Stillwater News Press

Local Columnists

May 10, 2014

The Ag Corner 05-11-14

Study: Irritatable cows don’t produce

Now we have another good excuse to cull cows due to bad temperament. 

Producers that routinely breed cows artificially realize that cows that are unruly and nervous are less likely to conceive to artificial insemination.  Presumably the lowered conception rates were because they have been stressed as they are passed through the working facilities and restrained while being synchronized and inseminated. Now it seems that, even in the serenity of a natural breeding pasture, cows with bad dispositions are less likely to conceive when mated with bulls.

University of Florida animal scientists recorded disposition scores over two years on 160 Braford and 235 Brahman x British crossbred cows. They wanted to evaluate the effects of cow temperament and energy status on the probability to become pregnant during a 90-day natural breeding season. Cows were scored as 1 = calm, no movement to 5 = violent and continuous struggling while in the working chute. Also a pen score assessment was assigned as 1= unalarmed and unexcited to 5 = very excited and aggressive toward technician. An exit velocity speed score was measured as the cows exited the working chute as 1 = slowest and 5 = fastest. An overall temperament index score was calculated by averaging the chute score, pen score and exit velocity score. Blood samples were analyzed for cortisol concentrations. 

Cortisol is a hormone released when mammals are stressed or excited.  Increased cow temperament score and elevated plasma cortisol concentrations both were associated with decreased probability of pregnancy. 

These results suggest that excitable temperament and the consequent elevated cortisol concentrations are detrimental to reproductive function of cows. These authors concluded that management strategies that improve cow disposition, enhance their immune status and maintain the cow herd at adequate levels of nutrition are required for optimal reproductive performance.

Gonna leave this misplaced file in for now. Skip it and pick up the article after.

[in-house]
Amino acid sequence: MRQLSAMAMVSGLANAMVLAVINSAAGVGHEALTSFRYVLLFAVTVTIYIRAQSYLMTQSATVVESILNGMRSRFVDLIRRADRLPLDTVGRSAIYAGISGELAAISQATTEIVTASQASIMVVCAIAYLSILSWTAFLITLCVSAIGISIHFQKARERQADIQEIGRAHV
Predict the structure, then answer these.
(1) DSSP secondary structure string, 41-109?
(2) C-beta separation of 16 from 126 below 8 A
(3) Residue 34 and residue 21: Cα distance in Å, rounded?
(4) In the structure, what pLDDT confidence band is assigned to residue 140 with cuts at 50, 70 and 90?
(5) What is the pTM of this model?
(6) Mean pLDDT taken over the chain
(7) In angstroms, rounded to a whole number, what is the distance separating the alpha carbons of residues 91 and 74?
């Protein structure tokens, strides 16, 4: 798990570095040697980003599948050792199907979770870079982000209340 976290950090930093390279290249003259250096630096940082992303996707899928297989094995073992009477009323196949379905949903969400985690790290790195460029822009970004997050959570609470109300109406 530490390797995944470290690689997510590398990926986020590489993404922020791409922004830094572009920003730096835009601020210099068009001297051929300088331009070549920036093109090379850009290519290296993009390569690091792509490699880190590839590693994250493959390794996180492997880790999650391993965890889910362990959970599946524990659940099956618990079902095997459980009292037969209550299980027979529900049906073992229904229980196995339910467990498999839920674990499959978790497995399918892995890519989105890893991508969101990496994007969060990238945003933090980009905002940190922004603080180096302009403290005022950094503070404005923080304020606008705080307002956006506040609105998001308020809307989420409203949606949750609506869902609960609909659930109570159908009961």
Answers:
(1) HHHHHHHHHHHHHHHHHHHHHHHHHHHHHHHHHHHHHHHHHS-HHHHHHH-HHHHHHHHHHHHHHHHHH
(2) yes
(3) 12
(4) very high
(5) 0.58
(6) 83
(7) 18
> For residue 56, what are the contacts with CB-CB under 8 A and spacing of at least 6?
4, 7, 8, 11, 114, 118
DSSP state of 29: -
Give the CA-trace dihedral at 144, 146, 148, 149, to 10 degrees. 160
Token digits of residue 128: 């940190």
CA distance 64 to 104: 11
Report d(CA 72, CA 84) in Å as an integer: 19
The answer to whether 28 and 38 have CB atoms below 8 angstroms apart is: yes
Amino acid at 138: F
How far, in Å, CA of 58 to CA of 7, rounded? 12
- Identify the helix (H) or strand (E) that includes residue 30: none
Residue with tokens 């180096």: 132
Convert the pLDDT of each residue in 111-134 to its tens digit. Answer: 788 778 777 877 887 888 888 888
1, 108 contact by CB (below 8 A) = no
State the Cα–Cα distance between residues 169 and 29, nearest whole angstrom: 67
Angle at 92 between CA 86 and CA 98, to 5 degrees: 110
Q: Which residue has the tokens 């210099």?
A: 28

Source: Cooke and co-workers. 2009 Florida Beef Research Report.

Rural Development

News

Rebecca Eastham will present the next Home-Based Business program noon to 1 p.m. Tuesday at the Payne County Administration Building. Remember, anyone is welcome to attend these programs — not just home-based business owners.

Eastham is the Director of Business and Industry Services at Meridian Technology Center. She works with business and industry clients to identify training and development needs throughout their organizations and matches resources to assist in meeting those needs. She provides assistance in the areas of human resources, strategic planning, team building and organizational development.

Rebecca’s presentation — Goal Setting for Your Small Business — will provide an overview on the topics of both goal-setting and long range planning. She has indicated that she will provide some useful resources and tools that participants will be able to pursue.  ‘

For May, we are back in the County Administration Building and lunch will be available for $10 at the door to those who RSVP and request it. To make sure we have lunch for you, RSVP at suzette.barta@ok-state.edu  or 405-747-8320 by 5 p.m. May 25.

If you bring your own lunch or do not want lunch, there is no cost to attend this program.

Compiled by Payne County Extension Educators Nathan Anderson, Dea Rash, Suzette Barta, Keith Reed and Brenda Brantley.

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